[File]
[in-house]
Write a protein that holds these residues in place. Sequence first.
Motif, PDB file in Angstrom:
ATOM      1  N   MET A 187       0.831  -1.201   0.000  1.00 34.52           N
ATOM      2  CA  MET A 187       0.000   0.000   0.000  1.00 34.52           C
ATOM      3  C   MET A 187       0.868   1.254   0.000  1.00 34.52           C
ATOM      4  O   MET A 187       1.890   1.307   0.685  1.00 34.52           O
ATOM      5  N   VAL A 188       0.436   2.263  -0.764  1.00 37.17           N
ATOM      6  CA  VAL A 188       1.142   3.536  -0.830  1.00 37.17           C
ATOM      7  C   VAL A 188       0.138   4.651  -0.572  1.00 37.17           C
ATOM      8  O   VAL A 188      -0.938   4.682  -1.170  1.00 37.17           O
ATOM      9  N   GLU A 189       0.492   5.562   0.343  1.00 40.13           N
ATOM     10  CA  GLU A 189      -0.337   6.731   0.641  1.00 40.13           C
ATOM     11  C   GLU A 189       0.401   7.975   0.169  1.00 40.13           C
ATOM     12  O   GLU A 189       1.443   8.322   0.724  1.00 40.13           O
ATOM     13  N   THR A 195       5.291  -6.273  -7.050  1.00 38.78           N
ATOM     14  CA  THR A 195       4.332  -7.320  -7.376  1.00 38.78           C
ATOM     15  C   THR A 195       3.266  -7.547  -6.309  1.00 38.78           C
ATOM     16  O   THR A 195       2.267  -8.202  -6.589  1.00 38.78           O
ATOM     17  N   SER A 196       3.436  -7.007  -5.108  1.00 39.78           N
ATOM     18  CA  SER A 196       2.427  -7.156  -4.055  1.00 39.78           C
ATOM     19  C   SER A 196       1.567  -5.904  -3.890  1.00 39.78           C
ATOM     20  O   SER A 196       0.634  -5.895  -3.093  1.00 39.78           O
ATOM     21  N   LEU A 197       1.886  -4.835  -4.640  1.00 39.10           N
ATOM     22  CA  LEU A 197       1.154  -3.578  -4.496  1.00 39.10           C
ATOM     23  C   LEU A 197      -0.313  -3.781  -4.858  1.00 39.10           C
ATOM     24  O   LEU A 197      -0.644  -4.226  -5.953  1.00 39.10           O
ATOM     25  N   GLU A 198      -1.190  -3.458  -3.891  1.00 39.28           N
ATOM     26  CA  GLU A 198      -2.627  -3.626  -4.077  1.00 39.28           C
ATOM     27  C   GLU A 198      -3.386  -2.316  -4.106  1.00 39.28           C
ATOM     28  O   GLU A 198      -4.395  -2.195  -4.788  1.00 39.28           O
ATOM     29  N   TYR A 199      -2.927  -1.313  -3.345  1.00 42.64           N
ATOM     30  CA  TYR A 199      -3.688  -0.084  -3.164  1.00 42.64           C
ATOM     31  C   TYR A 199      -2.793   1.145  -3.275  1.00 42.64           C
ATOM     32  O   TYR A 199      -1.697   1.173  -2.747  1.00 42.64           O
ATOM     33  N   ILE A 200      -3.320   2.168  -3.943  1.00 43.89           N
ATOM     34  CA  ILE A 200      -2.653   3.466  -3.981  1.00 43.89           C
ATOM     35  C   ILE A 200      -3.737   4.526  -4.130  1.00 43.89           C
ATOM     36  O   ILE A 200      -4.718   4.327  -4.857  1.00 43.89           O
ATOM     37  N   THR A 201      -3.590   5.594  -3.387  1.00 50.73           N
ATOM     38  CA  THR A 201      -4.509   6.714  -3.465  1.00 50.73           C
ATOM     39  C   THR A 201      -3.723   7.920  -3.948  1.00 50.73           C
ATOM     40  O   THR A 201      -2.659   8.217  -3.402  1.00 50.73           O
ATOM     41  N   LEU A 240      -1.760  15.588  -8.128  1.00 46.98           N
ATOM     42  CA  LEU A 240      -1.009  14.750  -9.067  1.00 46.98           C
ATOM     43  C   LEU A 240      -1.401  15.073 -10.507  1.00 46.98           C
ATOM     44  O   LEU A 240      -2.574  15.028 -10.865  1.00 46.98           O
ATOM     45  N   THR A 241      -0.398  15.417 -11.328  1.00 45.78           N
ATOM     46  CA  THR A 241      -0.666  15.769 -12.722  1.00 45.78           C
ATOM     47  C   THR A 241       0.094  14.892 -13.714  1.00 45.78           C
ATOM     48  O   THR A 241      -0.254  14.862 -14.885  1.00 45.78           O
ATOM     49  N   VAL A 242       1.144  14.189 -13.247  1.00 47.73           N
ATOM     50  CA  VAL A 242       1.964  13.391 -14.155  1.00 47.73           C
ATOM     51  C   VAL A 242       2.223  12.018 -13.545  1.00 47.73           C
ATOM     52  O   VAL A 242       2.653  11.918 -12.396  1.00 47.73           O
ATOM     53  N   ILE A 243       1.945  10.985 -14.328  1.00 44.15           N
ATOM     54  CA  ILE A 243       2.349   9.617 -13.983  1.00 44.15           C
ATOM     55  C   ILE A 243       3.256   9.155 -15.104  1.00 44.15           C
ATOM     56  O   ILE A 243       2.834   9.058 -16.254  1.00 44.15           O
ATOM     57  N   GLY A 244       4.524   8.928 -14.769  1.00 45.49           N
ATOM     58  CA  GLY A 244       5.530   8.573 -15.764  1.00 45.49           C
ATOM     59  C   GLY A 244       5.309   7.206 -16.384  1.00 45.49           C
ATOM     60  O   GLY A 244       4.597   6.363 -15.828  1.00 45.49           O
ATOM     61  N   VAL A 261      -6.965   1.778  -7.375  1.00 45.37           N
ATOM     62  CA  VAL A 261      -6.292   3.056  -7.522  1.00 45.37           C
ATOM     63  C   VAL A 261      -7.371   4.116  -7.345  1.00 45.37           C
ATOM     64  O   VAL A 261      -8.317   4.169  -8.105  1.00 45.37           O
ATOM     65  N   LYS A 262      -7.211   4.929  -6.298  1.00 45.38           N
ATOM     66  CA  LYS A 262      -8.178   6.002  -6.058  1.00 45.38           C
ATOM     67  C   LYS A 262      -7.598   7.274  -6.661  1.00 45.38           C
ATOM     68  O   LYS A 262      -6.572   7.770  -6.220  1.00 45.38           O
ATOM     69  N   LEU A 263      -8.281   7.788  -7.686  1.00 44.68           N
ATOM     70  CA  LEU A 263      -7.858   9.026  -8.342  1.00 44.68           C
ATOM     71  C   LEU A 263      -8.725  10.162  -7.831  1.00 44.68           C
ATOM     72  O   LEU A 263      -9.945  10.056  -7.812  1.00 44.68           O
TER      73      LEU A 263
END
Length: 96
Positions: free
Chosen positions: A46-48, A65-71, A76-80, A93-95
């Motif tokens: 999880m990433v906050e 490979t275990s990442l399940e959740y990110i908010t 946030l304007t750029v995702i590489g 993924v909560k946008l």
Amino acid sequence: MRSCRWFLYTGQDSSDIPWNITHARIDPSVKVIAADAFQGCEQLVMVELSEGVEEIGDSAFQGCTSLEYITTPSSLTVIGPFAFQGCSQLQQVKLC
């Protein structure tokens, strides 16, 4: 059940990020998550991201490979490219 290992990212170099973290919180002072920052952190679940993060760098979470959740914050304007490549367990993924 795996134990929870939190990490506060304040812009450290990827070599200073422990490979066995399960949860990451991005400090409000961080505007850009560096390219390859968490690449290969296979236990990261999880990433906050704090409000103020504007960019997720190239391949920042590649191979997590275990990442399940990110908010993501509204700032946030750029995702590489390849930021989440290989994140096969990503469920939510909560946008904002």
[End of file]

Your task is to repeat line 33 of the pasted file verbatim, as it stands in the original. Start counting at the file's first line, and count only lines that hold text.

ATOM     30  CA  TYR A 199      -3.688  -0.084  -3.164  1.00 42.64           C